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[Ask Dr. Baek] Can a gluten-free diet help my skin?

We've collected the top 4 questions that people have wondered at least once in their lives concerning the relationship between skin and food. Dr. Baek answers based on his extensive 20+ years of experience in the field of science. Let's get started!

 

 

 

Q: My skin is in bad shape, and a friend suggested I remove gluten from my diet to help with my condition. Can this really make a difference?

A: It's not guaranteed to work. Gluten has gained a lot of attention recently, with some people thinking that eating it can cause skin inflammation. They believe that cutting out gluten can relieve red, irritated skin and certain skin conditions like psoriasis or eczema. But in reality, eliminating gluten from your diet is only beneficial if you have celiac disease or a high sensitivity to gluten. If you don't, gluten probably isn't affecting your skin, and removing it from your diet won't impact your skin's condition. It's also important to remember that unnecessarily excluding significant food groups from your diet can put you at risk of nutritional deficiencies and potential health issues.

 

 

 

Q: Does eating oily food make my skin oily?

A: No, it doesn't. This is a common misconception. The fat in our diets doesn't directly lead to the oiliness of our skin. Oily skin is primarily caused by overactive sebaceous glands, not the type of foods you consume. There are many reasons for oily skin, including stress, humidity, genetics, fluctuating hormones and skincare routines.

 

 

  

Q: Does eating chocolate make my skin break out?

A: Despite years of research, there's not much evidence to support the idea that specific foods like chocolate directly trigger acne. However, this doesn't mean that your diet has no impact. It's more probable that the sugar found in your chocolate bar or chocolate cakes is responsible for causing new pimples or more severe breakouts than the chocolate itself. If you're a fan of chocolate, consider dark chocolate as a skin-friendly option. Dark chocolate contains lower levels of sugar and high percentage of cacao.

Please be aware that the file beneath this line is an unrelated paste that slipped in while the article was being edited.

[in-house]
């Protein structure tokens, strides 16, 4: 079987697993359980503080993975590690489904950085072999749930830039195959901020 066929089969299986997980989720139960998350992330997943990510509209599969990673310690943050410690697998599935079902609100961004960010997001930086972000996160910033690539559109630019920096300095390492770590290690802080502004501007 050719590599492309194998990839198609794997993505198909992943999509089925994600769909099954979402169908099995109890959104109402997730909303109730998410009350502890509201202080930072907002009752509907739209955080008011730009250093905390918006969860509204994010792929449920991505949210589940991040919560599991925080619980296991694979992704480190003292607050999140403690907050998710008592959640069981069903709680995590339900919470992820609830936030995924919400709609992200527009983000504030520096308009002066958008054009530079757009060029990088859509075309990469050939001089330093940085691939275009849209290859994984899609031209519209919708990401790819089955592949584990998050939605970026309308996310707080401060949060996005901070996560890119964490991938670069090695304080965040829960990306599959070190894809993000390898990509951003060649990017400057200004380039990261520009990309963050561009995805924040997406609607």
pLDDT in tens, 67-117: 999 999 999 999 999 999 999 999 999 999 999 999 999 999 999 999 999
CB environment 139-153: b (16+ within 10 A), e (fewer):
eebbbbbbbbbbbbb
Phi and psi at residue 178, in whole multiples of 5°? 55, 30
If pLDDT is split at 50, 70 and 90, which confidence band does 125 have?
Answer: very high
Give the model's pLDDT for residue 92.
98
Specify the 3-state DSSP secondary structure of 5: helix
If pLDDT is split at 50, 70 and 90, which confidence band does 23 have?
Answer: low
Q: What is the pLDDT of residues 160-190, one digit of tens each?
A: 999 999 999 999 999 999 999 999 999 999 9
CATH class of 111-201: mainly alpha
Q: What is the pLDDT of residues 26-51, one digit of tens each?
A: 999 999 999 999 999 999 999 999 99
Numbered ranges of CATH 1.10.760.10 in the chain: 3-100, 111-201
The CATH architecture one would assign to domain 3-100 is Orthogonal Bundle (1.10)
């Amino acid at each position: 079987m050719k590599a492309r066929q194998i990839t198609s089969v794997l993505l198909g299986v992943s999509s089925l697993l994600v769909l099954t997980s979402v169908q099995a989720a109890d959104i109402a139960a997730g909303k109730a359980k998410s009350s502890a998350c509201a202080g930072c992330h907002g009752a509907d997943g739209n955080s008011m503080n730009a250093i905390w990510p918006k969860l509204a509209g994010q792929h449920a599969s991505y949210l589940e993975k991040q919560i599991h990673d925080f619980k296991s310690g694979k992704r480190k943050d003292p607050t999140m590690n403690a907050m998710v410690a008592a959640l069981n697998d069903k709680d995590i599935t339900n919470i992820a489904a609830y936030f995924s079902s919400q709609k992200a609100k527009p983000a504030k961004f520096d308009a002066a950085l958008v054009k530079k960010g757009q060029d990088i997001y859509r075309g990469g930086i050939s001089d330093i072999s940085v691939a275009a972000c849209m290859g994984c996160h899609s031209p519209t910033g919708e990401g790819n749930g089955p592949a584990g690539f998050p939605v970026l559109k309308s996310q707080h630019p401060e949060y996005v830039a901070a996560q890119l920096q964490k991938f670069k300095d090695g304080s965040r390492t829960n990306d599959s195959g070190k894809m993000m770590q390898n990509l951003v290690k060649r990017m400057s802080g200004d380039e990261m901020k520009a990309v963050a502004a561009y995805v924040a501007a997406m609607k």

Q: Is it necessary to avoid dairy for better skin? 

A: It's a bit of a myth. Throughout our lives, we've been told that milk and other dairy products are essential for our health. However, research does suggest a connection between dairy consumption and skin issues like acne. It's important to note that dietary records can sometimes be unreliable. For instance, someone who believes strongly that their diet affects their skin may be more likely to remember and report specific dietary elements like milk, compared to those who are skeptical about any connection. This recall bias can impact study results. Other factors, known as "confounders", also could be influencing the findings. For example, it's possible that people who consume more milk also happen to live in more polluted areas, and it's the pollution rather than the milk that's causing the observed skin issues.

 

Q: Lastly, what do you believe are the primary causes of skin problems, and do you have any tips for maintaining healthy, vibrant skin?

A: Currently, it's unlikely that a single diet can be solely blamed for causing skin issues or guaranteeing clear skin. Therefore, it's perfectly fine to enjoy your favorite foods in moderation. Additionally, several factors can potentially harm your skin, including hormonal changes, genetics, exposure to dust and pollutants, an unbalanced diet, cold weather, insufficient sleep, acute and chronic stress, and overdoing your skincare routine. While we can't control factors like genetics, hormonal fluctuations, or weather changes, there are certainly aspects we can manage and change right now.

To ensure your skin stays at its best, consider simplifying your skincare routine by focusing on cleansing and moisturizing. A balanced diet and adequate sleep are also crucial for maintaining healthy skin! 

 

* No content on this site should ever be used as a substitute for direct medical advice from your doctor or other qualified clinician.